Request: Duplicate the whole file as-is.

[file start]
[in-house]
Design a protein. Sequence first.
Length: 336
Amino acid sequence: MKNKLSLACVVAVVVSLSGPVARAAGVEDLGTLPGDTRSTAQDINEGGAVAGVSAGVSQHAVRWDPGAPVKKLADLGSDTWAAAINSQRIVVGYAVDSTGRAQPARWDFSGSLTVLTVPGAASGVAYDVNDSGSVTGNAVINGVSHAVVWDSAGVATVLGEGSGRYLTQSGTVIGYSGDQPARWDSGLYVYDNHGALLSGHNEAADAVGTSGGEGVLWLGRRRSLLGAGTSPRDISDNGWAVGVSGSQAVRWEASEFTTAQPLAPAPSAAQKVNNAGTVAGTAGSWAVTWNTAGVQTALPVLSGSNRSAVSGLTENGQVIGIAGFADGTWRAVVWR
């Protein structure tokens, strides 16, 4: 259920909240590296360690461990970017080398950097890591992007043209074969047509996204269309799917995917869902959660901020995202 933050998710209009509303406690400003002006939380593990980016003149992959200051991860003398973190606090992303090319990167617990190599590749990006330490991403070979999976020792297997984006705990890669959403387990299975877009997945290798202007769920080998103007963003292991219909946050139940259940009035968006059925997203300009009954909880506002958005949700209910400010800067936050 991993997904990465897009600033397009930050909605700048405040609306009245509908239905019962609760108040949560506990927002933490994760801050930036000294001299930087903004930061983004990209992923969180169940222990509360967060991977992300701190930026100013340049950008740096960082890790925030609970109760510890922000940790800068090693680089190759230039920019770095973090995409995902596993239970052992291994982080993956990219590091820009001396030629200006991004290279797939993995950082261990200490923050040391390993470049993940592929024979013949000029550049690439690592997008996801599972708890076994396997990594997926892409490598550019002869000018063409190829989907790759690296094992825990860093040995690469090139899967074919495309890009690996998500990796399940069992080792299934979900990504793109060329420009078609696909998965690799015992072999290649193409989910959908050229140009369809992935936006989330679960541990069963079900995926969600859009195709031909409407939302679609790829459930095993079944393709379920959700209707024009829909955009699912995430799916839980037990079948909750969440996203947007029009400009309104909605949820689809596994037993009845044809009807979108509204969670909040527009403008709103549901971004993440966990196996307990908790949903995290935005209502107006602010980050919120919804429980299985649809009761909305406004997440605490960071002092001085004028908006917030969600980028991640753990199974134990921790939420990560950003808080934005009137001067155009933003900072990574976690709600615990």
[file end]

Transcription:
[in-house]
Design a protein. Sequence first.
Length: 336
Amino acid sequence: MKNKLSLACVVAVVVSLSGPVARAAGVEDLGTLPGDTRSTAQDINEGGAVAGVSAGVSQHAVRWDPGAPVKKLADLGSDTWAAAINSQRIVVGYAVDSTGRAQPARWDFSGSLTVLTVPGAASGVAYDVNDSGSVTGNAVINGVSHAVVWDSAGVATVLGEGSGRYLTQSGTVIGYSGDQPARWDSGLYVYDNHGALLSGHNEAADAVGTSGGEGVLWLGRRRSLLGAGTSPRDISDNGWAVGVSGSQAVRWEASEFTTAQPLAPAPSAAQKVNNAGTVAGTAGSWAVTWNTAGVQTALPVLSGSNRSAVSGLTENGQVIGIAGFADGTWRAVVWR
């Protein structure tokens, strides 16, 4: 259920909240590296360690461990970017080398950097890591992007043209074969047509996204269309799917995917869902959660901020995202 933050998710209009509303406690400003002006939380593990980016003149992959200051991860003398973190606090992303090319990167617990190599590749990006330490991403070979999976020792297997984006705990890669959403387990299975877009997945290798202007769920080998103007963003292991219909946050139940259940009035968006059925997203300009009954909880506002958005949700209910400010800067936050 991993997904990465897009600033397009930050909605700048405040609306009245509908239905019962609760108040949560506990927002933490994760801050930036000294001299930087903004930061983004990209992923969180169940222990509360967060991977992300701190930026100013340049950008740096960082890790925030609970109760510890922000940790800068090693680089190759230039920019770095973090995409995902596993239970052992291994982080993956990219590091820009001396030629200006991004290279797939993995950082261990200490923050040391390993470049993940592929024979013949000029550049690439690592997008996801599972708890076994396997990594997926892409490598550019002869000018063409190829989907790759690296094992825990860093040995690469090139899967074919495309890009690996998500990796399940069992080792299934979900990504793109060329420009078609696909998965690799015992072999290649193409989910959908050229140009369809992935936006989330679960541990069963079900995926969600859009195709031909409407939302679609790829459930095993079944393709379920959700209707024009829909955009699912995430799916839980037990079948909750969440996203947007029009400009309104909605949820689809596994037993009845044809009807979108509204969670909040527009403008709103549901971004993440966990196996307990908790949903995290935005209502107006602010980050919120919804429980299985649809009761909305406004997440605490960071002092001085004028908006917030969600980028991640753990199974134990921790939420990560950003808080934005009137001067155009933003900072990574976690709600615990």